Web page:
How to Save Today’s Mall

Navigating the Changing Landscape of Retail Spaces in the Digital Era

How to Save Today’s Mall

Estimated Read Time: 4 Minutes

On Cyber Monday, the retail industry achieved a new milestone–the single largest e-commerce day on record with $10.8B in sales! According to a report from Creditntell, this represented a 200% increase from 2016 Cyber Monday sales. However, traditional brick-and-mortar stores faced a steep challenge. Sensormatic Solutions shared that physical store traffic declined 49% for the four-day holiday weekend. As the retail landscape transforms, malls find themselves at a crossroads, requiring innovative solutions to thrive in the digital age.

Understanding the Shift: Challenges and Questions

The surge in e-commerce and dwindling in-store traffic pose unprecedented challenges for traditional malls. Department stores, once pillars of these properties, are closing, and consumers are looking for new points of engagement and authentic direct-to-consumer brands. Coupled with the pandemic’s impact, mall owners, investors, and developers grapple with critical questions:

  • What will drive consumers back to brick-and-mortar stores?
  • What types of retail will emerge from this pandemic?
  • What do communities want from their malls?

Traditionally malls served as communal hubs for shopping, dining, and entertainment. Over the past thirty years, savvy developers have shifted their offerings from traditional shopping, focused on department and specialty stores, to new shopping experiences including digitally native brands, exciting food concepts, and larger, more sophisticated forms of entertainment from state-of-the-art movie theaters to water parks and rides. These malls played an important role in the community, providing a place to meet and share experiences, as well as delivering tax revenue that support schools, health services, and police and fire departments. Today, traffic is slowing down, stores are going dark, and consumers are expecting developers to reimagine a new experience to drive footsteps back to the mall. As the landscape shifts once again, the need for revitalization is paramount to maximize revenue.

What Do Consumers Want in Their Mall?

To help developers, owners, and investors move forward, Cushman & Wakefield and WD Partners joined forces, leveraging consumer insights to identify the evolving desires of mall-goers. The key findings point towards several trends shaping the future of malls:

  • Food Reigns Supreme: Over two consecutive years, food emerged as the top attraction, with consumers expressing interest not only in restaurants but also grocery stores, farmer’s markets, curated food courts, and quick-service options. Food brings us together. It is an important point of engagement, offers memorable moments, and can be the cornerstone of a community. Food also drives traffic and extends mall foot traffic beyond the conventional store hours. Over 60% of those surveyed focused on this amenity.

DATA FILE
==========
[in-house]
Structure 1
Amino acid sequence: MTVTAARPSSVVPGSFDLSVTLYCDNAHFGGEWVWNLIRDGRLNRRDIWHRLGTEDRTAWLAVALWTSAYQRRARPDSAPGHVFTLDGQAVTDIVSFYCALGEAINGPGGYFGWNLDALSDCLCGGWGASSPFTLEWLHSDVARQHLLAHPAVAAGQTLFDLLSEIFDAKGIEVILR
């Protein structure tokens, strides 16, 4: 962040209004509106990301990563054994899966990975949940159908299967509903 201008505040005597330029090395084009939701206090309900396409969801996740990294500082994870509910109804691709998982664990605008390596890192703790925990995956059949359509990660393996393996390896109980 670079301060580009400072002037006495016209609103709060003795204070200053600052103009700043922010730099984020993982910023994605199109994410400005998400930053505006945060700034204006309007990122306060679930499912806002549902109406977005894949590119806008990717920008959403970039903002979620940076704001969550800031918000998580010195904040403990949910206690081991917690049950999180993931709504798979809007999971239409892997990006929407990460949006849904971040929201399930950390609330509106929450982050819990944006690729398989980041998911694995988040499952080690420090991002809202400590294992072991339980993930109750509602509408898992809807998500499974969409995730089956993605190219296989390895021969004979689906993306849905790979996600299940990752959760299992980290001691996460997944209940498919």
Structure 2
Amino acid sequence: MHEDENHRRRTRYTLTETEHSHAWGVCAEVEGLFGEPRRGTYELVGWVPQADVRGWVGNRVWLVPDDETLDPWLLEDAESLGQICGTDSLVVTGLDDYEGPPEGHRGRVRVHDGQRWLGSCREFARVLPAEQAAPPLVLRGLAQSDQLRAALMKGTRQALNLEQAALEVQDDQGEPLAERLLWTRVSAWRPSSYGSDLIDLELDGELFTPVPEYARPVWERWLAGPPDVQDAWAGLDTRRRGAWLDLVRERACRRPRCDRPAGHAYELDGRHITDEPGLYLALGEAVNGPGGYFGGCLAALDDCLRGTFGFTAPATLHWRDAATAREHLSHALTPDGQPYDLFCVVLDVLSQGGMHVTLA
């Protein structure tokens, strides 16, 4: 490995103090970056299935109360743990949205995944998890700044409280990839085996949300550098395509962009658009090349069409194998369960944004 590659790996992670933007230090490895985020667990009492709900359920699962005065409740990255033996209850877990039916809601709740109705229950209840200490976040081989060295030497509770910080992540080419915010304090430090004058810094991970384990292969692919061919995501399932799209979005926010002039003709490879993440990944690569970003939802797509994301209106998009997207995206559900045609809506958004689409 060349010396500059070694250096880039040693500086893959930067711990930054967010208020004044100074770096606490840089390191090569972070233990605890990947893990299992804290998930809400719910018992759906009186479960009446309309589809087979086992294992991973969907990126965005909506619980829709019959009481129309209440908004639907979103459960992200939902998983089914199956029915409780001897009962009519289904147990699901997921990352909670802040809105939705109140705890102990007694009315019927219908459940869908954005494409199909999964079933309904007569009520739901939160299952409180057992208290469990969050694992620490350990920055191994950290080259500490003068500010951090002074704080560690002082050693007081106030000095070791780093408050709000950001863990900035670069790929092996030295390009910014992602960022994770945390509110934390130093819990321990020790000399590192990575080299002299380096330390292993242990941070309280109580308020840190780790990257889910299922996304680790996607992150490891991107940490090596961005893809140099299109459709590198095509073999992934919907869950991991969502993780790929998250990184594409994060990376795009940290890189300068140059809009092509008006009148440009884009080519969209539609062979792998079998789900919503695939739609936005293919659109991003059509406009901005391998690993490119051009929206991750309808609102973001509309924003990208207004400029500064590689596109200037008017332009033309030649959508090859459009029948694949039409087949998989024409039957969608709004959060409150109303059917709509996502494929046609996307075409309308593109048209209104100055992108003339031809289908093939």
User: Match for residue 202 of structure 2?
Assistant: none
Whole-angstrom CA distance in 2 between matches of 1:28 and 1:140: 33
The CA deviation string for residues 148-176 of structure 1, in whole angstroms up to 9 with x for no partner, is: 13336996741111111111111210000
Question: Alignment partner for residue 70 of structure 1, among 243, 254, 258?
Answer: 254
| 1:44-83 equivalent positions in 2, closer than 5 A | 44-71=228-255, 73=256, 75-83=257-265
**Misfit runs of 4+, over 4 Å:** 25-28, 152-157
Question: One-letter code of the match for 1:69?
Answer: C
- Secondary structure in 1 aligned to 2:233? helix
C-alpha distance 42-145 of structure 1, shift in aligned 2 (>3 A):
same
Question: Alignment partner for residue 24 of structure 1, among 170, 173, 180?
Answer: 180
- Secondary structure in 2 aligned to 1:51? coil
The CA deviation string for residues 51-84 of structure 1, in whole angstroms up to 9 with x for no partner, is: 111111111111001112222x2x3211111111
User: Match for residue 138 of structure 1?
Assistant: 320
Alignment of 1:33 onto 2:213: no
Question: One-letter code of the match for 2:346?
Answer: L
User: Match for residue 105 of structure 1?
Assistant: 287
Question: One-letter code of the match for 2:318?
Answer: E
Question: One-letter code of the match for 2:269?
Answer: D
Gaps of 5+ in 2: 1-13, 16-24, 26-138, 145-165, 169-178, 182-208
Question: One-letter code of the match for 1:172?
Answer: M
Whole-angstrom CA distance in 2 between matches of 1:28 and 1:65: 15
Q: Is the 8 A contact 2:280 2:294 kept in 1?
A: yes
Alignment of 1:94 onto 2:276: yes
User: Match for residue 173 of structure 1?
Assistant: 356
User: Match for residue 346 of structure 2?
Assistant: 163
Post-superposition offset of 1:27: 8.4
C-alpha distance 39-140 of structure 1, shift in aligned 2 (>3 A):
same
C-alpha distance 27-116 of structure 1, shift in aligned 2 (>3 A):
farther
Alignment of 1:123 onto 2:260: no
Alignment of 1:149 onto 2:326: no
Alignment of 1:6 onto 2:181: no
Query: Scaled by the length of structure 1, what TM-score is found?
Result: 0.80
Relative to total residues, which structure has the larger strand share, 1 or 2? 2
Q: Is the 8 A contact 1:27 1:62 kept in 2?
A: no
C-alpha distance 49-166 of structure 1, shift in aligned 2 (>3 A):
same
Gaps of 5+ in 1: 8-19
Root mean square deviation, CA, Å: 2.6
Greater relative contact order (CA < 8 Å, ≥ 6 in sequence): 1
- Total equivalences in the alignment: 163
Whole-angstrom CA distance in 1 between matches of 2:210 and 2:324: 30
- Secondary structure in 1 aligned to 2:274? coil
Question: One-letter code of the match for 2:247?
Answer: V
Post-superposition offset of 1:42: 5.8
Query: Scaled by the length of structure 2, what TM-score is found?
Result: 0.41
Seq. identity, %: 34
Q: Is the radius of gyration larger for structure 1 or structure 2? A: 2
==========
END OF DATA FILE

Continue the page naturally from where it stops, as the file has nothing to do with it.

• Health and Wellness Drive Interest: Maintaining a strong second position for two years running, 43% of consumers leaned towards wellness, while 36% favored fitness offerings. These concepts include the obvious walk-in medical clinics and gyms, to brands specializing in fitness equipment and apparel.
  • New Concepts and Experiences: 35% of consumers sought innovation, experiential retail, and co-working spaces. These include pop-up shops, ax throwing bars, and gaming arenas. Some of these concepts are new additions to the survey illustrating how retail is evolving and focusing on consumer engagement.

Safety and Convenience: Also emerging as an important trend were safety and convenience factors like Buy Online Pick-Up in Store (BOPIS) and Curbside Pick-Up. 44% of those surveyed were looking for speed, convenience, touchless technology, and safety. Consumers also indicated that “green space” would be an important part of engagement. These trends are not surprising given the pandemic’s impact on consumer behaviors and experiences.

Age Driven Insights: When analyzing the data by age, we reviewed the differences between two key groups–Digital Natives (ages 18- 29) and Digital Immigrants (ages 45-60). While both groups prioritized food, notable differences included a 19% spread in fitness and an 18% spread in gaming. Safety, wellness, and co-working spaces resonated across all age groups. Digital Immigrants, who grew up in malls, however, have a greater attachment to the structure and purpose of malls. Digital Natives are looking for a more creative experience overall. They are receptive to new ideas and concepts, especially when based on two premises; food and fitness.

Looking Ahead: The Evolution Continues

The evolution of shopping malls has been an ongoing focus for decades. In the 1980s, we could not have imagined that malls would one day contain brands that extend from high-end dining to fitness to experiential concepts that sell sophisticated technology like phones and laptops. We could never envision trading in our Levi’s for Athleisure. Nor would we believe that we could work out at our gym and then grocery shop in the same place. The next evolution will bring new and exciting experiences that will differentiate the new decade from the last. Retail is an evolving ecosystem where consumers explore and experience brands, and malls are one of the most important hosts of that experience.

About Wayfind

Lost and in need of guidance? That’s why we created Wayfind—the WD blog designed to be your beacon in this rapidly evolving world. In these short, thought-provoking reads, you’ll discover insights into the minds of your consumers and be inspired to go out into the world to create your own extraordinary experiences.

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